Thursday, July 02, 2009

Proposed DPW Lien Expansion Opposed

Since April, 2009, Pennsylvania lawyers carefully followed proposed state legislation (House Bill 1351) that would significantly expand Medicaid recovery beyond the current target -- a recipient's estate after death -- to more targets in which a recipient has a limited or partial lifetime interest. The effects on such other, remote interests in property would be far reaching.

Recently, Jeffrey A. Marshall, Esq. (a practicing member of Marshall, Parker & Associates, LLC), as a member of the Council of the Elder Law Section of the Pennsylvania Bar Association, circulated an email message on the Elder Law Listserv that updated fellow members about the status of bar association efforts in opposition to the proposed legislation.

Opposition, spearheaded by the Elder Law Section, was joined by the Real Property, Probate & Trust Law Section, the Family Law Section, and the Solo & Small Firm Practice Section of the PBA.

With his consent, I repost his report (with slight editing and links added), with thanks.

Section Chair, Katherine Pearson, has asked me to update members on the Elder Law Section efforts in regard to the proposed expansion of estate recovery.

In April, HB 1351 was introduced as part of the Governor’s Budget proposal. The bill contains a rewrite of Section 1412 of the Welfare Code that will expand Medicaid estate recovery in Pennsylvania to include interests held in joint tenancy, tenancy by the entireties, survivorship, life estate, living trust or other arrangements.

The bill also gives the Department of Public Welfare (DPW) unprecedented collection authority and the power to resolve claims in an autocratic manner which is inconsistent with probate, trust and estate law.

The Elder Law Section moved immediately and forcefully to oppose the expansion of estate recovery. Our actions included:
  1. Submission of a resolution to the PBA Board of Governors and House of Delegates opposing the expansion of estate recovery. Section leaders coordinated this opposition with other PBA groups including the Solo & Small Firm Practice, Family Law, and Real Property, Probate & Trust Law Sections. The resolution was approved by the House of Delegates on June 4th and is now PBA policy.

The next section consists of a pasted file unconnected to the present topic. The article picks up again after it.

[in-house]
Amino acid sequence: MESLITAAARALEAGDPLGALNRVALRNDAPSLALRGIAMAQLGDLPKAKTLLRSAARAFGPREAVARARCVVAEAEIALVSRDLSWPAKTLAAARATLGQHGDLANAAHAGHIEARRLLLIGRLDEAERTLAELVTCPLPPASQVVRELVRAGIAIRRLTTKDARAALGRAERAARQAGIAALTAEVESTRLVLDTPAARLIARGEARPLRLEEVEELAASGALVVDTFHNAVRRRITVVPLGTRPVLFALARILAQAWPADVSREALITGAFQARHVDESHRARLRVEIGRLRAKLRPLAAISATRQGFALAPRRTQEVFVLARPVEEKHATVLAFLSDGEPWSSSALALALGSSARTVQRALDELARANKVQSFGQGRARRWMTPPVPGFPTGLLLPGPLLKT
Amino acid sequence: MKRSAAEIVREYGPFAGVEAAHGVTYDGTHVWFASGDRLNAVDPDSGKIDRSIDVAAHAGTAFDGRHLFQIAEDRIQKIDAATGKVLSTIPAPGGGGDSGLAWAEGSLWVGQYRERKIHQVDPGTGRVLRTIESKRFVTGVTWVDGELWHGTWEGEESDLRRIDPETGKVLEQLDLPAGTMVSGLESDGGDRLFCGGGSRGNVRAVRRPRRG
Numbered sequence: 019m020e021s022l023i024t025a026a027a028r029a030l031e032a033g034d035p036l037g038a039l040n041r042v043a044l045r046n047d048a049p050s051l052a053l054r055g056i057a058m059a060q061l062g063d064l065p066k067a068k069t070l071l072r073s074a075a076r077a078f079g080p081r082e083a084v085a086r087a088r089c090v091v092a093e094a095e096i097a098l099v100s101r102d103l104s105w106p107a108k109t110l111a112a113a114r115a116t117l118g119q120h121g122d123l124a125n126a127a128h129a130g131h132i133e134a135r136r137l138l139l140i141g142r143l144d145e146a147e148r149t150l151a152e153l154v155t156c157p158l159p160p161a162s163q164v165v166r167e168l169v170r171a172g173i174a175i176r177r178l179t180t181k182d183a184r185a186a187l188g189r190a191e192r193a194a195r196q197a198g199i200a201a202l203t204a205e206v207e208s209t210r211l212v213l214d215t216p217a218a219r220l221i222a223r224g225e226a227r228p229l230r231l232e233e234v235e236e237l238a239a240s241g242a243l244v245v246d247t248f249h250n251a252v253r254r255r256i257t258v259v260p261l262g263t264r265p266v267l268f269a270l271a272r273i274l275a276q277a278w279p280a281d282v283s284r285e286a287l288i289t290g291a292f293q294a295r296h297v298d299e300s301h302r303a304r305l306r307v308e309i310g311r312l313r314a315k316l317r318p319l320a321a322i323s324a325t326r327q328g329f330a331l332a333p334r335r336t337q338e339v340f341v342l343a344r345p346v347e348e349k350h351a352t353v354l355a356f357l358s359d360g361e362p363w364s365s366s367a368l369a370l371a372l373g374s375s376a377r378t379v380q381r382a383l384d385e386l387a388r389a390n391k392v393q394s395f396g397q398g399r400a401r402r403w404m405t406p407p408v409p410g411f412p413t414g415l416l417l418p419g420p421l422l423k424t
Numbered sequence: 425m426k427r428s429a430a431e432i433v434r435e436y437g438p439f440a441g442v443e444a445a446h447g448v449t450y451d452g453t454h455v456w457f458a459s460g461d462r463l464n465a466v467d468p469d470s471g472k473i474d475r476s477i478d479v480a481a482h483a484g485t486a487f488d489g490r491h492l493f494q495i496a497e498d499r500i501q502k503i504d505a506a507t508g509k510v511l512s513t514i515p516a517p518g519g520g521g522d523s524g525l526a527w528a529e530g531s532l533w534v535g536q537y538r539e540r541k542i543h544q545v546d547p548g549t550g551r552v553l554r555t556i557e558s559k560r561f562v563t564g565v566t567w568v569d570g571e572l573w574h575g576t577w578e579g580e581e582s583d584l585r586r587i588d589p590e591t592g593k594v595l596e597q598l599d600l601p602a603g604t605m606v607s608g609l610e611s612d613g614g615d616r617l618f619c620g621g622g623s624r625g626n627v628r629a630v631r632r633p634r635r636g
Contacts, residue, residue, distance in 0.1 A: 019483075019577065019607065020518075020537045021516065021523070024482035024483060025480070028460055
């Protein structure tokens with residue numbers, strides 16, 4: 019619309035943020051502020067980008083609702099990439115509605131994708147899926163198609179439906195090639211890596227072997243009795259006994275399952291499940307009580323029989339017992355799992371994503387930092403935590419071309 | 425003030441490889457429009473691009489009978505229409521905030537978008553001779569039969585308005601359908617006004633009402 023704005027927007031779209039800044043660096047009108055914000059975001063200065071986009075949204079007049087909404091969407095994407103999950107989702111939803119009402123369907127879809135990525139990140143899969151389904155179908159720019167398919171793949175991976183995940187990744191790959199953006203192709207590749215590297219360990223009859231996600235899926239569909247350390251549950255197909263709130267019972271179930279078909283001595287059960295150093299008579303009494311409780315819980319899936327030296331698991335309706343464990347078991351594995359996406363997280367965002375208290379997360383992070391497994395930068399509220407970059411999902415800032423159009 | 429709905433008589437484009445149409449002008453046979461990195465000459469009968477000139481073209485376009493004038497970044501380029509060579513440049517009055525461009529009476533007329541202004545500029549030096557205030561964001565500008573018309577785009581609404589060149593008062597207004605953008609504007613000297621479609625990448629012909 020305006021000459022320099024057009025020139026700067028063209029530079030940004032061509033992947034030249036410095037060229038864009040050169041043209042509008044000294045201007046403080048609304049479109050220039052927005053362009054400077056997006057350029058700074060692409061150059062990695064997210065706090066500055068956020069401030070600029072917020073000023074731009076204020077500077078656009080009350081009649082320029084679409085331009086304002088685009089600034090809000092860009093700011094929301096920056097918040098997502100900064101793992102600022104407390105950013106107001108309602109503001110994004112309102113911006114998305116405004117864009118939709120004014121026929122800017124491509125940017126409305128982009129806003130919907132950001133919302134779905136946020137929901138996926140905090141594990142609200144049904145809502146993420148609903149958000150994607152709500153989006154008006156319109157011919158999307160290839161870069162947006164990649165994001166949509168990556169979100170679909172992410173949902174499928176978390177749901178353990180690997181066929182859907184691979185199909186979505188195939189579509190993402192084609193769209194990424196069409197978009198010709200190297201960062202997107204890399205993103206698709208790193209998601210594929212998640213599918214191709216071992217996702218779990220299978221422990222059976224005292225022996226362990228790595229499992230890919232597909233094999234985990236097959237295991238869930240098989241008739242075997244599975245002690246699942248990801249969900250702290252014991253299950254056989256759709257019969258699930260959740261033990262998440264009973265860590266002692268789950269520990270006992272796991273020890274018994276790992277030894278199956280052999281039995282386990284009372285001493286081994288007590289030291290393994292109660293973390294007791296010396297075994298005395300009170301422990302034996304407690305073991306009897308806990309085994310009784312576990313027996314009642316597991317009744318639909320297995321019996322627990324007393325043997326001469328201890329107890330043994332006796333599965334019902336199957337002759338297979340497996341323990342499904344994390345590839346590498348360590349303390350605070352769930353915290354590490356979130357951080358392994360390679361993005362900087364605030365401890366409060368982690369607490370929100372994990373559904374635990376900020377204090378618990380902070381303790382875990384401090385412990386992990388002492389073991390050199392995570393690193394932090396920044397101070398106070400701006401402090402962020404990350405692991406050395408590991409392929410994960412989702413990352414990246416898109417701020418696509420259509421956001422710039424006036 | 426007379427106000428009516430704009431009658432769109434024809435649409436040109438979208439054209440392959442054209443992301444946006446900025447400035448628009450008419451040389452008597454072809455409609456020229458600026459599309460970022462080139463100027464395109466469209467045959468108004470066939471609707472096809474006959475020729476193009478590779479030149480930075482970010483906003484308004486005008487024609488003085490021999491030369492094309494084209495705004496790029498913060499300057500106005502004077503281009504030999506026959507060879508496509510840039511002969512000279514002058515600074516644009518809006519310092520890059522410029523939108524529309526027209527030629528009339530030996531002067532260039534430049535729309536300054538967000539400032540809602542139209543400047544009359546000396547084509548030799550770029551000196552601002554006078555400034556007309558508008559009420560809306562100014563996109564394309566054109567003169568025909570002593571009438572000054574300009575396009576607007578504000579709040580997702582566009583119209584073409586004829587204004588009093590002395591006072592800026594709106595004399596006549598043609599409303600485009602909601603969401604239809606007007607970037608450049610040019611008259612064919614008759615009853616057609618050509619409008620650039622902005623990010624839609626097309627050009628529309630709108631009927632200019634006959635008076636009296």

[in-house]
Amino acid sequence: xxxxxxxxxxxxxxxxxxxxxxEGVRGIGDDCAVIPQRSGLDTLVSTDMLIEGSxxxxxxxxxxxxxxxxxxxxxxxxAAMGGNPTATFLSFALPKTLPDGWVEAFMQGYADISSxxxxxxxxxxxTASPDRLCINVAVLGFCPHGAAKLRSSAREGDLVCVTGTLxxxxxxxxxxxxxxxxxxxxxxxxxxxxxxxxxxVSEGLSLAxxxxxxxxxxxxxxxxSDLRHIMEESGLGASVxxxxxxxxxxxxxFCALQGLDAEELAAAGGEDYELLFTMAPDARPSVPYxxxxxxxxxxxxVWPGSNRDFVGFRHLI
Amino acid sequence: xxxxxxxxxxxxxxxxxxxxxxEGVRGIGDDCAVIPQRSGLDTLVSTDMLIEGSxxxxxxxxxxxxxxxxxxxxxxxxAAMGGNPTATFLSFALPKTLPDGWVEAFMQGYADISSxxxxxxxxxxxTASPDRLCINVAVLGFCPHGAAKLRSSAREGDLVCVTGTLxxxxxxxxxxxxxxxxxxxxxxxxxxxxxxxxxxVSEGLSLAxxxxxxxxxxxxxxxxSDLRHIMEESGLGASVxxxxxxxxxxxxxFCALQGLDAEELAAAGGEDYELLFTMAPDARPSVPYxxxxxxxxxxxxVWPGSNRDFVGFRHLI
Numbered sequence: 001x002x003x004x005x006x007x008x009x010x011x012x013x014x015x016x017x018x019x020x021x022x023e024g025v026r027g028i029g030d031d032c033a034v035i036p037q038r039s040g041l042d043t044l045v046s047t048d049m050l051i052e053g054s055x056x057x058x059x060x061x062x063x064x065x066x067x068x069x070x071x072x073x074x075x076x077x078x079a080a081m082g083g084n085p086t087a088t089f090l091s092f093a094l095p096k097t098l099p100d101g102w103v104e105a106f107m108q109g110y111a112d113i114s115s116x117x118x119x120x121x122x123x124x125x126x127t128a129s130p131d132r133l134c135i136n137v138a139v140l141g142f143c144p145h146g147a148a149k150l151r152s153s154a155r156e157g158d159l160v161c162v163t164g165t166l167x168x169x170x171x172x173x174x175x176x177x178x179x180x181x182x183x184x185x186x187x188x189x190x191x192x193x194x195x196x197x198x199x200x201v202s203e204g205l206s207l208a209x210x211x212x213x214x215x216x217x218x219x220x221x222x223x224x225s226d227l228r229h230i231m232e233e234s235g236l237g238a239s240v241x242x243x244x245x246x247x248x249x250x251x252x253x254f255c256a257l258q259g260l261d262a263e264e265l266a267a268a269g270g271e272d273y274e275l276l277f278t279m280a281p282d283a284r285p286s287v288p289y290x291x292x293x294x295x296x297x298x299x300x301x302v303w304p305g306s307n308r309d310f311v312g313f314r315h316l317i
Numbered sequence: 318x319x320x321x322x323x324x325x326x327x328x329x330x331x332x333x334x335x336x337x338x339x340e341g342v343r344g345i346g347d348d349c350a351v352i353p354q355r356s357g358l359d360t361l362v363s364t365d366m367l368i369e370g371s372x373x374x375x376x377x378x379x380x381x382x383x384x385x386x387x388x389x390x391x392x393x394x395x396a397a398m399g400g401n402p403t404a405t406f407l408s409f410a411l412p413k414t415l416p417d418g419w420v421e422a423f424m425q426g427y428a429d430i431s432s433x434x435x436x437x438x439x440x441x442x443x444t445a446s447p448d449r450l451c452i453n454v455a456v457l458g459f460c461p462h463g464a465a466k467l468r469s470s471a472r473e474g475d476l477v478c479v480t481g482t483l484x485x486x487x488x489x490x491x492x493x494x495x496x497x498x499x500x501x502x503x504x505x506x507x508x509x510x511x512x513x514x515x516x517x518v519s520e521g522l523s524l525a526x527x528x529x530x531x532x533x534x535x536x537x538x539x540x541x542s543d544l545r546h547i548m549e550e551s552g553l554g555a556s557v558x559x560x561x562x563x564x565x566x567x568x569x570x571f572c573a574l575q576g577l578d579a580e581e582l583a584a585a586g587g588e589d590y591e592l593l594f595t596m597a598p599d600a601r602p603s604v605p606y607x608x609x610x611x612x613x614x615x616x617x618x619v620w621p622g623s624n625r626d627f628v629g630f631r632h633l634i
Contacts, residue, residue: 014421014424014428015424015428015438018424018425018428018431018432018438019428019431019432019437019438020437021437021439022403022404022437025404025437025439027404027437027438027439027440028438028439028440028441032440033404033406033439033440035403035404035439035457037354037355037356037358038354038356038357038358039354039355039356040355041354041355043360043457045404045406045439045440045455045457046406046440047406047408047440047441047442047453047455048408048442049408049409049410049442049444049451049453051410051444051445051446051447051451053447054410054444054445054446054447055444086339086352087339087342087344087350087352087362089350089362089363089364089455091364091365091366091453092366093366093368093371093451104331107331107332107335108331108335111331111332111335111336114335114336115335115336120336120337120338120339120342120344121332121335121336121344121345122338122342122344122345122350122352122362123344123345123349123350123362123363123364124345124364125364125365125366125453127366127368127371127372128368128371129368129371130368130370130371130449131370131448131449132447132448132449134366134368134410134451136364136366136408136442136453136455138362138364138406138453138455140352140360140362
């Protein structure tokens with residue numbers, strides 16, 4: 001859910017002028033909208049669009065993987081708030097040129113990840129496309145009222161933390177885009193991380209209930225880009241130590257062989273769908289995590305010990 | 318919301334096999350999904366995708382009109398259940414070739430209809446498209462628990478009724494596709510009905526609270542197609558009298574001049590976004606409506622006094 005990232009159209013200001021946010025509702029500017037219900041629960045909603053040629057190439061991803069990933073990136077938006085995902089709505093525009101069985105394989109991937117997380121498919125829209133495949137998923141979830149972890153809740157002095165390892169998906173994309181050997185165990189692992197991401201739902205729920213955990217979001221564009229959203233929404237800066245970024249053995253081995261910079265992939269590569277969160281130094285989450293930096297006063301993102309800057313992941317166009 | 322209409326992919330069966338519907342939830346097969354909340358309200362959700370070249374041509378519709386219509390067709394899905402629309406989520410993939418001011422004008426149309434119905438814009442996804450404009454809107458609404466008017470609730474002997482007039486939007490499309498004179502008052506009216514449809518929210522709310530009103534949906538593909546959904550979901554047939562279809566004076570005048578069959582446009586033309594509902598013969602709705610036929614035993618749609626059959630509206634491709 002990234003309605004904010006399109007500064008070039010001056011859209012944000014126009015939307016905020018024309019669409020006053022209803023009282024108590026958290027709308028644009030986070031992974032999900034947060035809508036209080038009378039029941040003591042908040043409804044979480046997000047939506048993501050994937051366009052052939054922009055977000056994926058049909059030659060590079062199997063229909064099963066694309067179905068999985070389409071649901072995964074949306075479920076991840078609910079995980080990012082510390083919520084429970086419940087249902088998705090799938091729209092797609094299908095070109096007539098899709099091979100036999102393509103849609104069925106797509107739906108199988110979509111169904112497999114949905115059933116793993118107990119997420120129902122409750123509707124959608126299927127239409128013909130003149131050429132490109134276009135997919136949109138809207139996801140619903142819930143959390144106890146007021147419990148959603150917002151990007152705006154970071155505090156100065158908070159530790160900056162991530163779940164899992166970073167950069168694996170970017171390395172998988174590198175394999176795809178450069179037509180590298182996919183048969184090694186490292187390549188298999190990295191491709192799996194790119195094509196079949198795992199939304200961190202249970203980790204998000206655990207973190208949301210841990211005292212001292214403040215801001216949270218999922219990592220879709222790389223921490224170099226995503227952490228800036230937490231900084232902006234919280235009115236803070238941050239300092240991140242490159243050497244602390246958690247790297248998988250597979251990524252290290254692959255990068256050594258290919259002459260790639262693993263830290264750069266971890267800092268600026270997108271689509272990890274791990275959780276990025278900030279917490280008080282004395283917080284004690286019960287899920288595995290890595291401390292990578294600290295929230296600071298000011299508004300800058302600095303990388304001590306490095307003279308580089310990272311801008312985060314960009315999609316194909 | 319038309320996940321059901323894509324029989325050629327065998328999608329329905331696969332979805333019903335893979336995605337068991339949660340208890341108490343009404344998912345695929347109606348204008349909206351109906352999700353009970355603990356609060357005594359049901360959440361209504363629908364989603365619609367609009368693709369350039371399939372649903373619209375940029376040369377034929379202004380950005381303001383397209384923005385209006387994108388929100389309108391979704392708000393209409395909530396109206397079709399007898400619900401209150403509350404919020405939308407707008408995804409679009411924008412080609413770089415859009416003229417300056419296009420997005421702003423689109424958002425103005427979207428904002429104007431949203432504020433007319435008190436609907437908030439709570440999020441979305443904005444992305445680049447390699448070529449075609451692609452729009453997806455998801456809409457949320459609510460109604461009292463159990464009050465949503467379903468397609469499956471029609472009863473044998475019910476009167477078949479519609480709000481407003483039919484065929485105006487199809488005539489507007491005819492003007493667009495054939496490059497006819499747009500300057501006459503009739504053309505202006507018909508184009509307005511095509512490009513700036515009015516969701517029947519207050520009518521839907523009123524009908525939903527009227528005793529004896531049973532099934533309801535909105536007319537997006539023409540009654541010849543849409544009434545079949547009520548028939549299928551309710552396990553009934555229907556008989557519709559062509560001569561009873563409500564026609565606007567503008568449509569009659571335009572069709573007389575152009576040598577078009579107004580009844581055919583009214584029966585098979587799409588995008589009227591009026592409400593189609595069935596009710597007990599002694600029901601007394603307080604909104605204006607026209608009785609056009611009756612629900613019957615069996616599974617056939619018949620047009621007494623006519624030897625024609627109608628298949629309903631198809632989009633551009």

2. Section leadership has been working with the PBA Legislative Department to advocate in the state legislature. Letters have been sent by PBA to legislators and the Governor. A PBA Legislative Alert will be coming out soon that will provide the Association’s members with an easy way to contact their legislators to express their concerns. It is vital that legislators hear from their local constituents, especially from the lawyers in their districts who understand the negative impacts of the recovery expansion.
  3. The Section has coordinated our efforts with other non-PBA lawyer groups including the Pennsylvania Association of Elder Law Attorneys (PAELA) and the Section has coordinated our efforts with other non-PBA lawyer groups including the Philadelphia Bar Association.
  4. The Section, in coordination with PAELA, developed materials to inform and advise other affected groups about the proposed expansion. Members then contacted those groups to seek support and build an effective coalition of opponents of the proposal. Section members spent countless hours alerting these other organizations to the effects of the proposal. Our efforts have been remarkably successful and our coalition now includes the following diverse group of organizations: AARP Pennsylvania Chapter; Insurance Federation of Pennsylvania; Pennsylvania Bankers Association; Pennsylvania Land Title Association; Pennsylvania Alzheimer’s Public Policy Coalition; Pennsylvania Home Care Association; Philadelphia Bar Association; PAELA; and many others.
  5. PAELA has developed talking points, a position statement, and sample templates for lawyers to use for letters to be mailed to their legislators.
  6. Many individual members of the Section have already contacted their legislators to alert them to the dangers of expansion of recovery. They have received many positive responses from the legislators.
We have learned that Section 1412 is not the only legislative proposal to expand estate recovery. House Bill 68, while less extreme, also seeks to expand recovery collections by means that will create problems for our clients, as well as for banks and funeral directors.

In a frightening example of how things can slip through unless our section is constantly on alert, HB 68 has already passed the House by unanimous vote. It is now under consideration by the Senate Judiciary Committee.

Much has been accomplished by your Section to defeat the expansion of estate recovery, but much more needs to be done. Please contact your state legislators, in person, by mail, and/or by e-mail. Your support and assistance is greatly appreciated.
The PAELA "talking points" are posted online here (PDF, 2 pages).

This is the position of the PBA in its Legislative Alert, sent June 22, 2009:
The Pennsylvania Bar Association adamantly opposes this section of HB 1351 and any similar legislation being negotiated as part of the 2009-10 state budget as bad public policy and harmful to the Commonwealth’s already vulnerable senior citizen population.

The issues contained in HB 1351 will undoubtedly play a role in the 2009-10 state budget negotiations in the legislature. Any attempt to expand MAER will:
· Create significant complications for estate administration and cause major title and conveyancing problems.
· Deter individuals from serving as executors and trustees and lawyers from representing these fiduciaries.
· Discourage older Pennsylvanians from seeking needed long-term care support services out of fear of new liens asserted by the Commonwealth. * * *
The PBA urges its members to contact legislators: "A]sk them to oppose section 1412 of HB 1351 and any similar attempts to expand estate recovery."